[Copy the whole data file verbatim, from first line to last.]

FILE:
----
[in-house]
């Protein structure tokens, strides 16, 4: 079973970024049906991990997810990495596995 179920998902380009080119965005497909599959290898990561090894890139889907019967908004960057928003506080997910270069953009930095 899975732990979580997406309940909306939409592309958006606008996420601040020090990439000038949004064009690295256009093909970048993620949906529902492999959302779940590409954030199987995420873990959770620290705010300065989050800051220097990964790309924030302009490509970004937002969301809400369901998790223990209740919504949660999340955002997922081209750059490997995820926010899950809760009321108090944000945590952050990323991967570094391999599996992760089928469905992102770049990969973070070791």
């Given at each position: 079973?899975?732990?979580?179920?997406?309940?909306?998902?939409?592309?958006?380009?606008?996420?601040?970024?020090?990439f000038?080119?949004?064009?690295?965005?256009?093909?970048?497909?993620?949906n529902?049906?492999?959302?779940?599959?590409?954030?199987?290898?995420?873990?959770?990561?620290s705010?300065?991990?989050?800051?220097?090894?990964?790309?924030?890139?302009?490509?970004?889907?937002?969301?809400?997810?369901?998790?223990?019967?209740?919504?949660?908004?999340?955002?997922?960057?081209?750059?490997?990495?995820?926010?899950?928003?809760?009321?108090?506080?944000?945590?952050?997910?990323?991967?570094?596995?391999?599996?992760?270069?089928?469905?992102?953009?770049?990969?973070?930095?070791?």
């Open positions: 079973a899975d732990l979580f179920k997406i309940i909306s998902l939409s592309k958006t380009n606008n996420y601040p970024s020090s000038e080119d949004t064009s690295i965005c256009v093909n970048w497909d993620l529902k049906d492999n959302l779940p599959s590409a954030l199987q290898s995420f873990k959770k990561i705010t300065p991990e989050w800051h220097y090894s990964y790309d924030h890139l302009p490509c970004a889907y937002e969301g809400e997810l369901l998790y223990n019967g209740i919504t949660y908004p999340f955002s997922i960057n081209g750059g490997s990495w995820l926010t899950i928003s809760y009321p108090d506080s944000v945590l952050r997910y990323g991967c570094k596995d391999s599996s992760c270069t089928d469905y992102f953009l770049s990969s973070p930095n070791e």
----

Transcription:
[in-house]
């Protein structure tokens, strides 16, 4: 079973970024049906991990997810990495596995 179920998902380009080119965005497909599959290898990561090894890139889907019967908004960057928003506080997910270069953009930095 899975732990979580997406309940909306939409592309958006606008996420601040020090990439000038949004064009690295256009093909970048993620949906529902492999959302779940590409954030199987995420873990959770620290705010300065989050800051220097990964790309924030302009490509970004937002969301809400369901998790223990209740919504949660999340955002997922081209750059490997995820926010899950809760009321108090944000945590952050990323991967570094391999599996992760089928469905992102770049990969973070070791």
């Given at each position: 079973?899975?732990?979580?179920?997406?309940?909306?998902?939409?592309?958006?380009?606008?996420?601040?970024?020090?990439f000038?080119?949004?064009?690295?965005?256009?093909?970048?497909?993620?949906n529902?049906?492999?959302?779940?599959?590409?954030?199987?290898?995420?873990?959770?990561?620290s705010?300065?991990?989050?800051?220097?090894?990964?790309?924030?890139?302009?490509?970004?889907?937002?969301?809400?997810?369901?998790?223990?019967?209740?919504?949660?908004?999340?955002?997922?960057?081209?750059?490997?990495?995820?926010?899950?928003?809760?009321?108090?506080?944000?945590?952050?997910?990323?991967?570094?596995?391999?599996?992760?270069?089928?469905?992102?953009?770049?990969?973070?930095?070791?």
């Open positions: 079973a899975d732990l979580f179920k997406i309940i909306s998902l939409s592309k958006t380009n606008n996420y601040p970024s020090s000038e080119d949004t064009s690295i965005c256009v093909n970048w497909d993620l529902k049906d492999n959302l779940p599959s590409a954030l199987q290898s995420f873990k959770k990561i705010t300065p991990e989050w800051h220097y090894s990964y790309d924030h890139l302009p490509c970004a889907y937002e969301g809400e997810l369901l998790y223990n019967g209740i919504t949660y908004p999340f955002s997922i960057n081209g750059g490997s990495w995820l926010t899950i928003s809760y009321p108090d506080s944000v945590l952050r997910y990323g991967c570094k596995d391999s599996s992760c270069t089928d469905y992102f953009l770049s990969s973070p930095n070791e």